|The Associated Press, in a Dec. 12, 2007 article titled “Suit Threatened Over Got Milk? Parody,” by Erica Werner, wrote:
“Milk processors are demanding that People for the Ethical Treatment of Animals [PETA] end a publicity campaign that asks ‘Got pus? Milk does.’
PETA, which advocates a dairy-free diet, has plastered the slogan on T-shirts, mugs and other merchandise to draw attention to what it says are dangerous levels of somatic cells – pus – in much of the milk sold in this country. The pus gets there because of an udder infection called mastitis that can inflict cows raised for their milk, PETA says.
The California Milk Processor Board, which owns the Got Milk? trademark, has laughed off countless previous knockoffs, from Got Fleas? to Got Freud? The board even has welcomed some as boosting publicity for milk.
But the board contends there is no truth to the pus claims and that PETA is violating the campaign’s trademark…
PETA’s lawyers planned to reply in a letter Thursday that would dismiss the trademark infringement allegation as ‘entirely without merit.'”
Dec. 12, 2007 Associated Press
The New York Times reported in a Dec. 13, 2007 article by writer Kim Severson:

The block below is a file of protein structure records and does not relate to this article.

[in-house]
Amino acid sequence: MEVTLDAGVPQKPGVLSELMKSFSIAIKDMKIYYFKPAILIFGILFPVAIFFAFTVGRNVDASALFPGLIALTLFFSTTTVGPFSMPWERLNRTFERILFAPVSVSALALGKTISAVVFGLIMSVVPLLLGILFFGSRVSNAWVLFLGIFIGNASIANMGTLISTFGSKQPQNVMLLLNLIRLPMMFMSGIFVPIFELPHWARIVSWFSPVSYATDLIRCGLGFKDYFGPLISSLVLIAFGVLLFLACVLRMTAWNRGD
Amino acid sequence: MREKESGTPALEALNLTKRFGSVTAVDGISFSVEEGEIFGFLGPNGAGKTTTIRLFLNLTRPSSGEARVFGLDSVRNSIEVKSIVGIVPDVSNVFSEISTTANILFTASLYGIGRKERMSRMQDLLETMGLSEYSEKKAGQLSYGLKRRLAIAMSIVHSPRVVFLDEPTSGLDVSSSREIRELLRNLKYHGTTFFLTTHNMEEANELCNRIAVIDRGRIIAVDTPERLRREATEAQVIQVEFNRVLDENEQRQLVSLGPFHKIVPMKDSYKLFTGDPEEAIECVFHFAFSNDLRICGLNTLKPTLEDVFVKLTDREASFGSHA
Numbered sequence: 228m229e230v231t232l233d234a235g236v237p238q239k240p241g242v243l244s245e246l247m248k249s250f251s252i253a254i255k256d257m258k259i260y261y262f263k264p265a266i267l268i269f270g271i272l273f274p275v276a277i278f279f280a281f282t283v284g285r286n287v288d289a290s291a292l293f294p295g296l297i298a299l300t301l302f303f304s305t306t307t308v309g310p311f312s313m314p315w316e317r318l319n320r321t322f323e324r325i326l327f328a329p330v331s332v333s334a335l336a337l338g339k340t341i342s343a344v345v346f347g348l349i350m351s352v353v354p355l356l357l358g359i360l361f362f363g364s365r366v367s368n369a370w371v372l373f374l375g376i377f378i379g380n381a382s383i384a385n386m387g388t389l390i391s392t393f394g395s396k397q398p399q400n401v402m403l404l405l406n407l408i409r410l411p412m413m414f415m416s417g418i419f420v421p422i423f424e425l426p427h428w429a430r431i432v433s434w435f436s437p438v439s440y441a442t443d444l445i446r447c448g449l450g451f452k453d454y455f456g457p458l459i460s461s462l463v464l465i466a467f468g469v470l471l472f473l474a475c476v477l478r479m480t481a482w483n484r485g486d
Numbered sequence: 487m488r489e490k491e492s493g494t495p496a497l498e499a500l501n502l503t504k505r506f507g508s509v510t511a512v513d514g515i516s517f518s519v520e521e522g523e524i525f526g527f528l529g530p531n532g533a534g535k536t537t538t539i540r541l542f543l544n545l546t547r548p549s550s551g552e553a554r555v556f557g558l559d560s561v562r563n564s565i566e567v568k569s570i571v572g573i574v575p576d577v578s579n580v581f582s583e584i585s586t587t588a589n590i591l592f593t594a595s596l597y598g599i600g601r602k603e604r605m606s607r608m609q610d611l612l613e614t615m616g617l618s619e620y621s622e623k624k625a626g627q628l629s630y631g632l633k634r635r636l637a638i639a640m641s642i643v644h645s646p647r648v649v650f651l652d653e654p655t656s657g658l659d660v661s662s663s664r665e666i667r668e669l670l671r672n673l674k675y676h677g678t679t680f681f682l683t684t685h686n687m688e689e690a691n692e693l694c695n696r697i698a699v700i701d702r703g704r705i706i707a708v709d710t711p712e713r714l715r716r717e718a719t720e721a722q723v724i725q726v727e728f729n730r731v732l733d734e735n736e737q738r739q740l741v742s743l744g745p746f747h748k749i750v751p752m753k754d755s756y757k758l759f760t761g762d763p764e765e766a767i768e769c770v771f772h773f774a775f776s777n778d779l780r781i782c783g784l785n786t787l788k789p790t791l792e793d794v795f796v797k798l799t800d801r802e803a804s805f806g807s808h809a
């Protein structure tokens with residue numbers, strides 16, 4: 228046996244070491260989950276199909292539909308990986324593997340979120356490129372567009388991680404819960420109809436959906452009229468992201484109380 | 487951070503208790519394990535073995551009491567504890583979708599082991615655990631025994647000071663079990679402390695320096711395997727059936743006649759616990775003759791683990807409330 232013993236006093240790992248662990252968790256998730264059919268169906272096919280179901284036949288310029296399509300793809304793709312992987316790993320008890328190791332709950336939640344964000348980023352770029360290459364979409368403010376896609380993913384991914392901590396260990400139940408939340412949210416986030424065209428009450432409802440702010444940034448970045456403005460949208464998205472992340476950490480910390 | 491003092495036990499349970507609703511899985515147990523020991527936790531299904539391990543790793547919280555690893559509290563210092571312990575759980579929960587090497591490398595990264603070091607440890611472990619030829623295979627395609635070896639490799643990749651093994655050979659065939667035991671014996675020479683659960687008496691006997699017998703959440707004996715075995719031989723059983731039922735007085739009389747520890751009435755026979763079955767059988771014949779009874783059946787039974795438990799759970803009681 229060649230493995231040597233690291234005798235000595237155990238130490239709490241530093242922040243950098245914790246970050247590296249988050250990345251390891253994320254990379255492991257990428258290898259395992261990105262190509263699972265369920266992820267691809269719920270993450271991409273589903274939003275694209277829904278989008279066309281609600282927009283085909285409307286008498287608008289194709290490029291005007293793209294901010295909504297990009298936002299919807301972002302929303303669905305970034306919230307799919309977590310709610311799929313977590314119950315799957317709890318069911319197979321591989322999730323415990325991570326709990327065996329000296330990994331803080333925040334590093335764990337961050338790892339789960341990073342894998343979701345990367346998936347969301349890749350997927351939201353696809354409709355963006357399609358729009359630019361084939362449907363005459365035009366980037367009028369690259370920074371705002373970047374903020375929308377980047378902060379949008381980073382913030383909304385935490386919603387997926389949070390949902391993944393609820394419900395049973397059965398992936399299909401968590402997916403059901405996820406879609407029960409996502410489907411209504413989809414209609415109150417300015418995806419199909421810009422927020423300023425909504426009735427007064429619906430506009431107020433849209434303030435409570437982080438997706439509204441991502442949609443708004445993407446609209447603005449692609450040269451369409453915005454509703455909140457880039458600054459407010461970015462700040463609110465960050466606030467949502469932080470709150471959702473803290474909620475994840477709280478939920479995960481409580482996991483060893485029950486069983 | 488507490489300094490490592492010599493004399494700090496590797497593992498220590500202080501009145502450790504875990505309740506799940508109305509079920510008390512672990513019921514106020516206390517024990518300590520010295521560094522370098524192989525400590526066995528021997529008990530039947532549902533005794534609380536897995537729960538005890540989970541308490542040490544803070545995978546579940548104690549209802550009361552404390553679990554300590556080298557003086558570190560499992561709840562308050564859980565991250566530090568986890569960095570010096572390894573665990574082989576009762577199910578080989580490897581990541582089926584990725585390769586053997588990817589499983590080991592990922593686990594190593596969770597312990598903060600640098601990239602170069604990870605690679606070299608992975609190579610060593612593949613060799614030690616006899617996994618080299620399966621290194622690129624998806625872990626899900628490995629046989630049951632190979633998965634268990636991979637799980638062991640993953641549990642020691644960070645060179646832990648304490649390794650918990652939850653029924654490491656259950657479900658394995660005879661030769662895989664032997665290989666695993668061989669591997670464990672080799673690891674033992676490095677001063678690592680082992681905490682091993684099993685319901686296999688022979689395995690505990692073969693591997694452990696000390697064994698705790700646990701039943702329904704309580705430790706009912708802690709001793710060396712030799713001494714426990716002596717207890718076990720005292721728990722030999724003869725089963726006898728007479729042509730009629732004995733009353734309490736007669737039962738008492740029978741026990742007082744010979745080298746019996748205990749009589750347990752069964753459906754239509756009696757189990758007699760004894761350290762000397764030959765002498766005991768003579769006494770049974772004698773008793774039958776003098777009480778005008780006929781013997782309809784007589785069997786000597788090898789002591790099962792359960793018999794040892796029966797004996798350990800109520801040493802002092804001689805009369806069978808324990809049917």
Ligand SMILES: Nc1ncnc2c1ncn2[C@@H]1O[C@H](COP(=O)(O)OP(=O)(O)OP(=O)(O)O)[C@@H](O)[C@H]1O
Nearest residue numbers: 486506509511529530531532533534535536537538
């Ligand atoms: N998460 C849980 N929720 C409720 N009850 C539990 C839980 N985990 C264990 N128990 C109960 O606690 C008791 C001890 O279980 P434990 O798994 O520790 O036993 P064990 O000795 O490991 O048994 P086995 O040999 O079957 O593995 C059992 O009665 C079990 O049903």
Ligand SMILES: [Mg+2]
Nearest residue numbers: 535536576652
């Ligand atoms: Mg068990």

“Attorneys for the milk processors sent a letter to PETA in late November ordering them to stop selling items like mugs, mouse pads and barbecue aprons with the slogan ‘Got Pus? Milk does.’ At issue wasn’t whether milk contains pus…but that PETA was profiting off of a federally registered trademark.
The letter demands that by Dec. 15, PETA ship all the Got Pus gear to the milk processors and provide an accounting of how much money the group made from the campaign. The end game, presumably, is that the processors will demand the profits and, possibly, sue.
PETA has issued a statement today. In it, PETA vows to continue the campaign…
Steve James, executive director of the California Milk Processor Board, said his organization doesn’t have a legal right to stop non-milk related plays on the slogan, like Got Game. But he argues that it does have the right to go after groups profiting off the slogan if it relates to milk.
PETA, of course, disagrees.”
Dec. 13, 2007 New York Times
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